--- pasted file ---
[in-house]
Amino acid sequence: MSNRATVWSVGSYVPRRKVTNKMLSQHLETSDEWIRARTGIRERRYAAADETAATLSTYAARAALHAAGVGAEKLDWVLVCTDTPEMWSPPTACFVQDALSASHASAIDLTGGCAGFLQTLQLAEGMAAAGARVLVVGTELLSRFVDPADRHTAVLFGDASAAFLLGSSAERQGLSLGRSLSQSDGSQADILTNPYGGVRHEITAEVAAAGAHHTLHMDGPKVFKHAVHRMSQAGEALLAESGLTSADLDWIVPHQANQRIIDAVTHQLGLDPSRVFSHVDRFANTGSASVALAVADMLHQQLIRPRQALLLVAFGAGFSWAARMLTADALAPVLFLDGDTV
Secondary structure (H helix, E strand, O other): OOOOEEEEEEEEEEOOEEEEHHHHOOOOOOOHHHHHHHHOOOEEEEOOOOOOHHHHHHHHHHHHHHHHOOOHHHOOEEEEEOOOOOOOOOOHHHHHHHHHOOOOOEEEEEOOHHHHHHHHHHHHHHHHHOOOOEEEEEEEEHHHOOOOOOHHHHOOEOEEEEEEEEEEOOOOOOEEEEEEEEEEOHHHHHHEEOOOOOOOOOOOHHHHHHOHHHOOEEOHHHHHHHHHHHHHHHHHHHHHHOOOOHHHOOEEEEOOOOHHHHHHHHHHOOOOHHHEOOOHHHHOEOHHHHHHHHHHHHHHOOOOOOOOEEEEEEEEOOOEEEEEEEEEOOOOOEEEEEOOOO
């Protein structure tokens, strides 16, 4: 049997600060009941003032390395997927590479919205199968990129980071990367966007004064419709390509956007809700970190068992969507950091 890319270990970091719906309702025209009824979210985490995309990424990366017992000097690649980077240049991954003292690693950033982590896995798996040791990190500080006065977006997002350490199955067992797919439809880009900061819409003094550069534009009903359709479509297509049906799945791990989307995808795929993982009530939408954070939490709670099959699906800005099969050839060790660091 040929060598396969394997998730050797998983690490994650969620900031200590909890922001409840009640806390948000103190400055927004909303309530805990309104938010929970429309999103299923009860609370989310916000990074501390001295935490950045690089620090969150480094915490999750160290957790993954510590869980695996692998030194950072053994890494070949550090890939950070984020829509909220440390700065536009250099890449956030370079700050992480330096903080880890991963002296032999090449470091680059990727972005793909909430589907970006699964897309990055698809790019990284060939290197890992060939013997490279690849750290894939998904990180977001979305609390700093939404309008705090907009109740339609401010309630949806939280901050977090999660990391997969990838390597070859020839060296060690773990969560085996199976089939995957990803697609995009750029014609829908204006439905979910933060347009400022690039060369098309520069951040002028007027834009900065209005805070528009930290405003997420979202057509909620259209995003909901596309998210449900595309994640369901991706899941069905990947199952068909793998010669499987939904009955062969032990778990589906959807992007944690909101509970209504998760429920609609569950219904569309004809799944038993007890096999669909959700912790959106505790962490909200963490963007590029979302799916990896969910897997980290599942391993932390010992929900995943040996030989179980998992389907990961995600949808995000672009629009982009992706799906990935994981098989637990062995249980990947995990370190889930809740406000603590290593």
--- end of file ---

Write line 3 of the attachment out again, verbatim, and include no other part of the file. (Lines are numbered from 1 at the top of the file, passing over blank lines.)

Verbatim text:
Secondary structure (H helix, E strand, O other): OOOOEEEEEEEEEEOOEEEEHHHHOOOOOOOHHHHHHHHOOOEEEEOOOOOOHHHHHHHHHHHHHHHHOOOHHHOOEEEEEOOOOOOOOOOHHHHHHHHHOOOOOEEEEEOOHHHHHHHHHHHHHHHHHOOOOEEEEEEEEHHHOOOOOOHHHHOOEOEEEEEEEEEEOOOOOOEEEEEEEEEEOHHHHHHEEOOOOOOOOOOOHHHHHHOHHHOOEEOHHHHHHHHHHHHHHHHHHHHHHOOOOHHHOOEEEEOOOOHHHHHHHHHHOOOOHHHEOOOHHHHOEOHHHHHHHHHHHHHHOOOOOOOOEEEEEEEEOOOEEEEEEEEEOOOOOEEEEEOOOO